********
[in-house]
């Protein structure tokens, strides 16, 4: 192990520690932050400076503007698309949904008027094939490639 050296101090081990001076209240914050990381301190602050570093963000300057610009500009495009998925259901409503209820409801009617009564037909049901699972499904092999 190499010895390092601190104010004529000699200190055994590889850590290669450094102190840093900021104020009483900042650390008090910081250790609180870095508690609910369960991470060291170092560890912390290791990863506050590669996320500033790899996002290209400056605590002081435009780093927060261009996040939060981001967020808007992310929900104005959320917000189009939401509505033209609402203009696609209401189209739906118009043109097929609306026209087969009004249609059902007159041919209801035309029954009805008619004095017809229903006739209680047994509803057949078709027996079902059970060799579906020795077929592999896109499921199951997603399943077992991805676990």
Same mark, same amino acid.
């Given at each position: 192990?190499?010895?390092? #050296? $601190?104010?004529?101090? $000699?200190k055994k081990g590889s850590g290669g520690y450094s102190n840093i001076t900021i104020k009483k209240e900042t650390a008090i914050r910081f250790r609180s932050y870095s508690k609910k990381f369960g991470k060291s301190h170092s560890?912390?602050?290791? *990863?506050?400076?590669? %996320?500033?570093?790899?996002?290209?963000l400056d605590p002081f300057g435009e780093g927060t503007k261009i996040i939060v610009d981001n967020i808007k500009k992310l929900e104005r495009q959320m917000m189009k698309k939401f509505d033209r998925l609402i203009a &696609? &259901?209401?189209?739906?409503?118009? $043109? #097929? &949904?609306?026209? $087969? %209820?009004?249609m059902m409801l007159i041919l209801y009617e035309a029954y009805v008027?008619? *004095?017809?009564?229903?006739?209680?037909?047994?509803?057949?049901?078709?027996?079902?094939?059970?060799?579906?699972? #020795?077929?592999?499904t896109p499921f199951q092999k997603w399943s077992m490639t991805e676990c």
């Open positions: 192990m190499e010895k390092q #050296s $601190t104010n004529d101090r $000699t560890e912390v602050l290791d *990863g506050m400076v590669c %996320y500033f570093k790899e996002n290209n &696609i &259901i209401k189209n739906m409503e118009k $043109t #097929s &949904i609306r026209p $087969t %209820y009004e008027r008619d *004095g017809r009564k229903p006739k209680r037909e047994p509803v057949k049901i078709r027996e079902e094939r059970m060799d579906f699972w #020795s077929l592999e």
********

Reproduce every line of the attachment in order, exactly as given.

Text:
[in-house]
């Protein structure tokens, strides 16, 4: 192990520690932050400076503007698309949904008027094939490639 050296101090081990001076209240914050990381301190602050570093963000300057610009500009495009998925259901409503209820409801009617009564037909049901699972499904092999 190499010895390092601190104010004529000699200190055994590889850590290669450094102190840093900021104020009483900042650390008090910081250790609180870095508690609910369960991470060291170092560890912390290791990863506050590669996320500033790899996002290209400056605590002081435009780093927060261009996040939060981001967020808007992310929900104005959320917000189009939401509505033209609402203009696609209401189209739906118009043109097929609306026209087969009004249609059902007159041919209801035309029954009805008619004095017809229903006739209680047994509803057949078709027996079902059970060799579906020795077929592999896109499921199951997603399943077992991805676990």
Same mark, same amino acid.
């Given at each position: 192990?190499?010895?390092? #050296? $601190?104010?004529?101090? $000699?200190k055994k081990g590889s850590g290669g520690y450094s102190n840093i001076t900021i104020k009483k209240e900042t650390a008090i914050r910081f250790r609180s932050y870095s508690k609910k990381f369960g991470k060291s301190h170092s560890?912390?602050?290791? *990863?506050?400076?590669? %996320?500033?570093?790899?996002?290209?963000l400056d605590p002081f300057g435009e780093g927060t503007k261009i996040i939060v610009d981001n967020i808007k500009k992310l929900e104005r495009q959320m917000m189009k698309k939401f509505d033209r998925l609402i203009a &696609? &259901?209401?189209?739906?409503?118009? $043109? #097929? &949904?609306?026209? $087969? %209820?009004?249609m059902m409801l007159i041919l209801y009617e035309a029954y009805v008027?008619? *004095?017809?009564?229903?006739?209680?037909?047994?509803?057949?049901?078709?027996?079902?094939?059970?060799?579906?699972? #020795?077929?592999?499904t896109p499921f199951q092999k997603w399943s077992m490639t991805e676990c």
């Open positions: 192990m190499e010895k390092q #050296s $601190t104010n004529d101090r $000699t560890e912390v602050l290791d *990863g506050m400076v590669c %996320y500033f570093k790899e996002n290209n &696609i &259901i209401k189209n739906m409503e118009k $043109t #097929s &949904i609306r026209p $087969t %209820y009004e008027r008619d *004095g017809r009564k229903p006739k209680r037909e047994p509803v057949k049901i078709r027996e079902e094939r059970m060799d579906f699972w #020795s077929l592999e």